Clinical Focus

  • Sleep Medicine

Academic Appointments

Professional Education

  • Board Certification, American Board of Psychiatry and Neurology, Sleep Medicine (2017)
  • Board Certification, American Board of Psychiatry and Neurology, Neurology (2015)
  • Fellowship, Stanford University, Sleep Medicine (2016)
  • Residency, UT Southwestern Medical Center, Neurology (2015)
  • M.D., UT Southwestern Medical Center, Medicine (2011)

All Publications

  • Circadian rhythms of risk factors and management in atherosclerotic and hypertensive vascular disease: Modern chronobiological perspectives of an ancient disease. Chronobiology international Geng, Y. J., Smolensky, M. H., Sum-Ping, O., Hermida, R., Castriotta, R. J. 2022: 1-30


    Atherosclerosis, a chronic inflammatory disease of the arteries that appears to have been as prevalent in ancient as in modern civilizations, is predisposing to life-threatening and life-ending cardiac and vascular complications, such as myocardial and cerebral infarctions. The pathogenesis of atherosclerosis involves intima plaque buildup caused by vascular endothelial dysfunction, cholesterol deposition, smooth muscle proliferation, inflammatory cell infiltration and connective tissue accumulation. Hypertension is an independent and controllable risk factor for atherosclerotic cardiovascular disease (CVD). Conversely, atherosclerosis hardens the arterial wall and raises arterial blood pressure. Many CVD patients experience both atherosclerosis and hypertension and are prescribed medications to concurrently mitigate the two disease conditions. A substantial number of publications document that many pathophysiological changes caused by atherosclerosis and hypertension occur in a manner dependent upon circadian clocks or clock gene products. This article reviews progress in the research of circadian regulation of vascular cell function, inflammation, hemostasis and atherothrombosis. In particular, it delineates the relationship of circadian organization with signal transduction and activation of the renin-angiotensin-aldosterone system as well as disturbance of the sleep/wake circadian rhythm, as exemplified by shift work, metabolic syndromes and obstructive sleep apnea (OSA), as promoters and mechanisms of atherogenesis and risk for non-fatal and fatal CVD outcomes. This article additionally updates advances in the clinical management of key biological processes of atherosclerosis to optimally achieve suppression of atherogenesis through chronotherapeutic control of atherogenic/hypertensive pathological sequelae.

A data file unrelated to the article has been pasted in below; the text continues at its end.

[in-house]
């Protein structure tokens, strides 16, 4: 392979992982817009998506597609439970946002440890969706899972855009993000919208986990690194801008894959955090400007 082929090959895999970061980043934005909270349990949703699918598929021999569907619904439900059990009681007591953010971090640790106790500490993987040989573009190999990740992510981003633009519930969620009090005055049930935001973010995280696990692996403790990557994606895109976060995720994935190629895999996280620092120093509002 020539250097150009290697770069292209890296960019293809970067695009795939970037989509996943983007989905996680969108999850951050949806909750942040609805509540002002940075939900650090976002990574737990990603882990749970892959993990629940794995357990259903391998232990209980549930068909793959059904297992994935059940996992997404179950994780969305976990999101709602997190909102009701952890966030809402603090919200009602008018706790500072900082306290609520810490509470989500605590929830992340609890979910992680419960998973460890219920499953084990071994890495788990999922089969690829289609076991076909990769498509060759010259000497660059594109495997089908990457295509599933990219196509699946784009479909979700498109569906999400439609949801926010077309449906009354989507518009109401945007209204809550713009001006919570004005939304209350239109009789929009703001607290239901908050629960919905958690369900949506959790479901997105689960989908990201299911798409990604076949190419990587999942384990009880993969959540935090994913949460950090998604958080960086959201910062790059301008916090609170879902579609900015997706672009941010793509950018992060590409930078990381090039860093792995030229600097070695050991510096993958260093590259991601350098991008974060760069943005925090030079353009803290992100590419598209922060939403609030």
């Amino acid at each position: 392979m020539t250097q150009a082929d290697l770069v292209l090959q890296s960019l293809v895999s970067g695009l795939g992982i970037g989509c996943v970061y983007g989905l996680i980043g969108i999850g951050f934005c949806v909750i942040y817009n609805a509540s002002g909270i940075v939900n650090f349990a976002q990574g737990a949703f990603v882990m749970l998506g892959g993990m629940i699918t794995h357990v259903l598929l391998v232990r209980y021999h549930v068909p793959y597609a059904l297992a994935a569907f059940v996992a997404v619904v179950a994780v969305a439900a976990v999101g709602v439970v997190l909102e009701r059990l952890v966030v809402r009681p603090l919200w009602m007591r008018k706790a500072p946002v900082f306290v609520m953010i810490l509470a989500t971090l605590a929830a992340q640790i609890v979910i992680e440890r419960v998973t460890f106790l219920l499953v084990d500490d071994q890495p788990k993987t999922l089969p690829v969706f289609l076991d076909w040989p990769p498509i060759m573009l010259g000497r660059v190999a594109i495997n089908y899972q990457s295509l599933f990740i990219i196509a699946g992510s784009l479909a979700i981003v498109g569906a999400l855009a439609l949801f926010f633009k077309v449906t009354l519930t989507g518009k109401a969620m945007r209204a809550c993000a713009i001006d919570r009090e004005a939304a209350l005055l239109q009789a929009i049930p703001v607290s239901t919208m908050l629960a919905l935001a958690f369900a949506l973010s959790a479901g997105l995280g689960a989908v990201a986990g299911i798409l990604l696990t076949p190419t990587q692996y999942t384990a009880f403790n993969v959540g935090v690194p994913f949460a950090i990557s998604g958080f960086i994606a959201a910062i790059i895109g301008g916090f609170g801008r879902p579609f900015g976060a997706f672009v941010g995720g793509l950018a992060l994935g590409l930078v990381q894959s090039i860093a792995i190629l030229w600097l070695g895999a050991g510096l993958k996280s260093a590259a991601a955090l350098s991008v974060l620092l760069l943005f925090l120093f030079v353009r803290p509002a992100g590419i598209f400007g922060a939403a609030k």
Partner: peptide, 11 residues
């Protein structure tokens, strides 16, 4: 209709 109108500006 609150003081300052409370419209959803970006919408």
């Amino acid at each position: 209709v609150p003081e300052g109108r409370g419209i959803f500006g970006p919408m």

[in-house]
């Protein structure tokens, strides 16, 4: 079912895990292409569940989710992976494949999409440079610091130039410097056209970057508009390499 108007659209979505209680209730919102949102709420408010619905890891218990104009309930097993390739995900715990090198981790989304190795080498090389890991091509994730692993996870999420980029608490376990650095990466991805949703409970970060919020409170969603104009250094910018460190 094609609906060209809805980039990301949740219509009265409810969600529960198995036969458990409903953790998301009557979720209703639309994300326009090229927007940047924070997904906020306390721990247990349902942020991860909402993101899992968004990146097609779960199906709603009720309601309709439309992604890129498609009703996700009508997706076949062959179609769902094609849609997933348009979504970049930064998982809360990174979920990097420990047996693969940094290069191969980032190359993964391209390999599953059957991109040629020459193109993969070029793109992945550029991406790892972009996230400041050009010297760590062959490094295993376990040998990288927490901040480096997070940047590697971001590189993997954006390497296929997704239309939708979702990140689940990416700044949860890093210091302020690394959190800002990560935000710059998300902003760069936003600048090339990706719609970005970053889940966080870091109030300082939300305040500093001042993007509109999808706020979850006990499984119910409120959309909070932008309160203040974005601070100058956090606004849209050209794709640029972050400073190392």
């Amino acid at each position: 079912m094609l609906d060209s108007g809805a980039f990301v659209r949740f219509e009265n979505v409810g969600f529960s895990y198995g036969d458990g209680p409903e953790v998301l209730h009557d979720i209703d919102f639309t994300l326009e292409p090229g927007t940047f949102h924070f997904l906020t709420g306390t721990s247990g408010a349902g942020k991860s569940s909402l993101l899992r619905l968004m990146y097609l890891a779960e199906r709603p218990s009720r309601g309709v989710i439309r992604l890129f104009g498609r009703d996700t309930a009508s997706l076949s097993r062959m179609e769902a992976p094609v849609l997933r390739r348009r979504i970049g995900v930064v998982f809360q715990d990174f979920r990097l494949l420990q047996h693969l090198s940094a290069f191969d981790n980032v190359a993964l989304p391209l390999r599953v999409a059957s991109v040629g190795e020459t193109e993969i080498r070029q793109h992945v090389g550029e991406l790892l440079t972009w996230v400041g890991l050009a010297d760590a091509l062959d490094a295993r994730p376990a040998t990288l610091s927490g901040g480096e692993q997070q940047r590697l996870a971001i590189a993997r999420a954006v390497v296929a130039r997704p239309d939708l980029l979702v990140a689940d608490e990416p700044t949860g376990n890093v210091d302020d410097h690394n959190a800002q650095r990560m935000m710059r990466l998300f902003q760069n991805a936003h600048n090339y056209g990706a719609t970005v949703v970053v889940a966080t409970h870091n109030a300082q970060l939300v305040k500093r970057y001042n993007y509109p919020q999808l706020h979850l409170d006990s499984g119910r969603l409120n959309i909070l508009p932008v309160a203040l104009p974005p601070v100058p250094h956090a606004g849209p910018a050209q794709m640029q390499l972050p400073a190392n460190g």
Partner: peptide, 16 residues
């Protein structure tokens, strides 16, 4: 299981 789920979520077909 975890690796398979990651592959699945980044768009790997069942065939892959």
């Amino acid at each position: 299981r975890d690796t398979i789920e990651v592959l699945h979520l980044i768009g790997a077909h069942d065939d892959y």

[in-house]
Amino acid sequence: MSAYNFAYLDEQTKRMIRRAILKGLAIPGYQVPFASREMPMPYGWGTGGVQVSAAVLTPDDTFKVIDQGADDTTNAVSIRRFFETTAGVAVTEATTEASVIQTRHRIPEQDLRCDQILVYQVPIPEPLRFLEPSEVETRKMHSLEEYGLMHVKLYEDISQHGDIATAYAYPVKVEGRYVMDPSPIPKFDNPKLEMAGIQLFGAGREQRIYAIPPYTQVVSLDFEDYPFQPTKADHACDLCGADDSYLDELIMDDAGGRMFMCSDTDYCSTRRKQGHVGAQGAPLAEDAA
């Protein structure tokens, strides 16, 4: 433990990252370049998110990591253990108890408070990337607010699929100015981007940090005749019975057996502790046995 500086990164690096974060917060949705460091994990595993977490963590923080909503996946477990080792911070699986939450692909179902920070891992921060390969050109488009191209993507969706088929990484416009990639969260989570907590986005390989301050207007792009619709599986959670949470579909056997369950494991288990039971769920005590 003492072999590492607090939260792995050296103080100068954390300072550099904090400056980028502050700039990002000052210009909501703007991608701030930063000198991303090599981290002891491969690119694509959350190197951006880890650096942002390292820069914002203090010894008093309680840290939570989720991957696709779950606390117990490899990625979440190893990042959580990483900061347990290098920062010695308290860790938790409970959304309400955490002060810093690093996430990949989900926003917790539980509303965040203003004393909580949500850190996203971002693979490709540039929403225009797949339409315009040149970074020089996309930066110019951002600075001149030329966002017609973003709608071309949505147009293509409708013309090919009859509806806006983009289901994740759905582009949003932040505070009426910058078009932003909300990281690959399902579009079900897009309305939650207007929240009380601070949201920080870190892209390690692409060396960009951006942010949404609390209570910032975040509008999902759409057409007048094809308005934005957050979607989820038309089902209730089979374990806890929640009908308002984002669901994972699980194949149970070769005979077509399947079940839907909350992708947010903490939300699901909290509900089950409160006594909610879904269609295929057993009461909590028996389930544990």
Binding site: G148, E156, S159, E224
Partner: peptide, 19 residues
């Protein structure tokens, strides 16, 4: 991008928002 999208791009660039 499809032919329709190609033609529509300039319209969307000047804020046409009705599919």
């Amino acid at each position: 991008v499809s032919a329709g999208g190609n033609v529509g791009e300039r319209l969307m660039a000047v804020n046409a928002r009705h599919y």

View details for DOI 10.1080/07420528.2022.2080557

    View details for PubMedID 35758140

  • Phases of the Diagnostic Journey: A Framework International Archives of Internal Medicine Geng, L., Sum-Ping, O., Geng, Y. 2019
  • Pathogenesis of Hypersomnia Reference Module in Neuroscience and Biobehavioral Psychology Sum-Ping, O., Darby, C., Guilleminault, C. 2017
  • Kleine-Levin Syndrome CURRENT TREATMENT OPTIONS IN NEUROLOGY Sum-Ping, O., Guilleminault, C. 2016; 18 (6)


    Kleine-Levin Syndrome [KLS] is often under-recognized and also misdiagnosed. When suspicion for KLS is raised, a thorough clinical evaluation should be performed, including detailed history from family members and a neurologic and psychiatric examination. Additional studies may include PSG, EEG, neuroimaging, as well as serological and CSF studies to rule out alternative diagnoses as clinically indicated. After arriving at a diagnosis of KLS, the foundation of care is supportive. Patients and their families should be provided with education about the disease. During symptomatic periods, patients should be allowed to rest at home under caregiver supervision. Caregivers should pay special attention to the patient's eating habits and mood. Patients should not be allowed to drive or operate heavy machinery during these episodes. In between episodes, avoidance of reported triggers, such as alcohol and infection are encouraged as is maintenance of a regular sleep-wake cycle. Pharmacologic therapy has not been well-studied and for most patients is not necessary. For more severe cases, targeted symptomatic therapy, such as modafinil or amantadine for somnolence or risperidone for psychosis may be considered depending on the patient's symptomatology. Lithium has the best data to support its use as a prophylactic agent and for patients with severe or frequent episodes, may be considered.

    View details for DOI 10.1007/s11940-016-0409-2

    View details for PubMedID 27073070